Methods: We analyzed data from a cross-sectional survey of Latino immigrants aged 18 and older in New York (City n=306). Surveys were conducted in the spring of 2017 and asked about participants’ demographic characteristics including sex, age, country of origin, language, education, income, immigration status, and length of time in the U.S. Loneliness was measured using the 3-Item Loneliness scale (α=0.72); social support was measured with an adapted version of the Social Support Scale (α=0.91) and resilience was measured with the Connor-Davidson Resilience Scale (α=0.72). We conducted multivariable linear regressions to examine the relationships between loneliness, social support, and resilience, adjusting for demographic characteristics.
Results: Overall, loneliness scores ranged from 1 to 5 with a mean score of 1.9. The adjusted models controlling for all covariates indicated that greater social support was associated with less loneliness (β = -0.16, 95% CI = -0.07, -0.01, p < 0.01), and higher levels of loneliness predicted lower levels of resilience (β = -0.12, 95% CI = -0.22, -0.01, p < 0.05). When including all variables in the model, social support was statistically significantly associated with greater resilience (β = 0.09, 95% CI = 0.01, 0.18, p< 0.05), but the relationship between loneliness and resilience was no longer statistically significant.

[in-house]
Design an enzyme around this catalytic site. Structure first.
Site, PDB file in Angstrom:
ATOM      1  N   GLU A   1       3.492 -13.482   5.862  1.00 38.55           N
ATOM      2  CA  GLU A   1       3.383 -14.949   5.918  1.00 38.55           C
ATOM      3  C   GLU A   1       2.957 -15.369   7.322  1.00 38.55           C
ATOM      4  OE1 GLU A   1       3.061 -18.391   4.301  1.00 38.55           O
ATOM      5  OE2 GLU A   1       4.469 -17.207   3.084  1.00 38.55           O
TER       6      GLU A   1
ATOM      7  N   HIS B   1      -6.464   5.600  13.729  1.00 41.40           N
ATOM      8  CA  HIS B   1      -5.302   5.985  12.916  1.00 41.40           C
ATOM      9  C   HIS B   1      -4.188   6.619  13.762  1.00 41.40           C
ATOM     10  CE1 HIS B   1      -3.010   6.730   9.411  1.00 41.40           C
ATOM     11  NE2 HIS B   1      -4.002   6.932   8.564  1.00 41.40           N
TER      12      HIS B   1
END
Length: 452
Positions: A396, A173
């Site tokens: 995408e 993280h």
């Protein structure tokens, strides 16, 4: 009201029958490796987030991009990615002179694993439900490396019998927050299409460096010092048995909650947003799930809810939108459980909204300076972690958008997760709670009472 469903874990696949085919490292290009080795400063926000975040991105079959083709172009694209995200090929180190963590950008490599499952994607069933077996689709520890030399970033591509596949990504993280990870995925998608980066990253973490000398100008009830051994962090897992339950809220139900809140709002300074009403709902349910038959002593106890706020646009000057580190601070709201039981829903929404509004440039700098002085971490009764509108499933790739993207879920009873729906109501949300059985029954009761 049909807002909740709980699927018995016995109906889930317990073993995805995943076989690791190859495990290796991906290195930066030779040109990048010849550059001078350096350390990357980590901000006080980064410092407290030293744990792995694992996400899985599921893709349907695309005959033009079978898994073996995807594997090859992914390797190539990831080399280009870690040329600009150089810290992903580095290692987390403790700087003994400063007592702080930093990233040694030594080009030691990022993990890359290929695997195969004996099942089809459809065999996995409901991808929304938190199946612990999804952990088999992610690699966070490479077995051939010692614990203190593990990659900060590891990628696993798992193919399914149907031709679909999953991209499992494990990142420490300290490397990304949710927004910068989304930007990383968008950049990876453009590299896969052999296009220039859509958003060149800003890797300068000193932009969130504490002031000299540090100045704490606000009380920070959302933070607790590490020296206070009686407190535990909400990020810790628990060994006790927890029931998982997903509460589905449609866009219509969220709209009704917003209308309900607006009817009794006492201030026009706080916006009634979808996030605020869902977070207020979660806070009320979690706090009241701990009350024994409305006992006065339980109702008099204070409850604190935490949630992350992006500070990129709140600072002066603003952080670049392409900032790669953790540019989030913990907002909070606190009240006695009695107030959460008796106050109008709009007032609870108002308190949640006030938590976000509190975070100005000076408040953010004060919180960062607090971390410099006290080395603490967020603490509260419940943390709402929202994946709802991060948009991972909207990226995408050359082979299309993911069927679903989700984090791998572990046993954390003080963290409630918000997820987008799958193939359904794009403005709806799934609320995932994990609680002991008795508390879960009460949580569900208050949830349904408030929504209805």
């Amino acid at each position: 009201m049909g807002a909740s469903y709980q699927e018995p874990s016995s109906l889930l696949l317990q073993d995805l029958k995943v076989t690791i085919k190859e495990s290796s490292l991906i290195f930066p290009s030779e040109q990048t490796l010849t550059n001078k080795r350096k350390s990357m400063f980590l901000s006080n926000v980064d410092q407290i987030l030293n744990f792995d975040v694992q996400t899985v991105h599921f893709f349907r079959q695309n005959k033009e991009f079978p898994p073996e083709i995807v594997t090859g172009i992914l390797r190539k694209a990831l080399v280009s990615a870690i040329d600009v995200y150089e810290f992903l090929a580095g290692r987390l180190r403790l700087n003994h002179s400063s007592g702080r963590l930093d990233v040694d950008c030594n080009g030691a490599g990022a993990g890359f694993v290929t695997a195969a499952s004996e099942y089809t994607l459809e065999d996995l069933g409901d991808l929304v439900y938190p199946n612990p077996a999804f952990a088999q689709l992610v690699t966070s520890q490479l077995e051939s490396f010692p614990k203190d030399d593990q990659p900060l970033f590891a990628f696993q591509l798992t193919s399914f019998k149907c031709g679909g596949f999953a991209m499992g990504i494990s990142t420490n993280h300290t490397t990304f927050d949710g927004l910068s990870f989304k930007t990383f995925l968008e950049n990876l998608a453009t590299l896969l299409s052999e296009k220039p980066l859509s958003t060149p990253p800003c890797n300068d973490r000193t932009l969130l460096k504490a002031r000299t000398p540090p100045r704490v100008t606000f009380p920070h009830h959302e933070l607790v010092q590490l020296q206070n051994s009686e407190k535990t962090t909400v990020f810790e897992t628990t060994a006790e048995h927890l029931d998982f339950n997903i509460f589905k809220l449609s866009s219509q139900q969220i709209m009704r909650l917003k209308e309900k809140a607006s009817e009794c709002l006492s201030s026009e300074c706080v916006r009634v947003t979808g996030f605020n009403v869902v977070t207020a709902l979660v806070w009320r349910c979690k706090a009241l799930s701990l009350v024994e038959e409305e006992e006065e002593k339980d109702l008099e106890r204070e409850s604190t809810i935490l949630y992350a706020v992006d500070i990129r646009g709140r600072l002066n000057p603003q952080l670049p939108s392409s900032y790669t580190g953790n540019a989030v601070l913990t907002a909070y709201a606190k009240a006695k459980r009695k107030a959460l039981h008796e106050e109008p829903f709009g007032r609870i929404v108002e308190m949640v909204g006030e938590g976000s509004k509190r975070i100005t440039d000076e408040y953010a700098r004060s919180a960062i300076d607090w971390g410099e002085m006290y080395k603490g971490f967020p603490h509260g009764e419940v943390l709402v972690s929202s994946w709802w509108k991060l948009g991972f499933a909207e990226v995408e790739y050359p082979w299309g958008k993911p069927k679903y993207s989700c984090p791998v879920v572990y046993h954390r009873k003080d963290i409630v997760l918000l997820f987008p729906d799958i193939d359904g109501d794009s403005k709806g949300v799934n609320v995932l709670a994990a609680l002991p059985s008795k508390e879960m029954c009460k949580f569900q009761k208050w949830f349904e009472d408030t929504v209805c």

Conclusion & Implications: Results revealed that Latino immigrants with greater social support experienced less loneliness and were more resilient. Findings suggest that social support may reduce Latino immigrants’ experience of isolation and enhance their capacity to thrive. Clinical social workers who work with immigrant groups may consider how the heightened xenophobic sociopolitical climate affects immigrants’ social supports and experiences of loneliness. Social work interventions that integrate strategies to increase social support may provide opportunities to address social isolation and other obstacles associated with migration.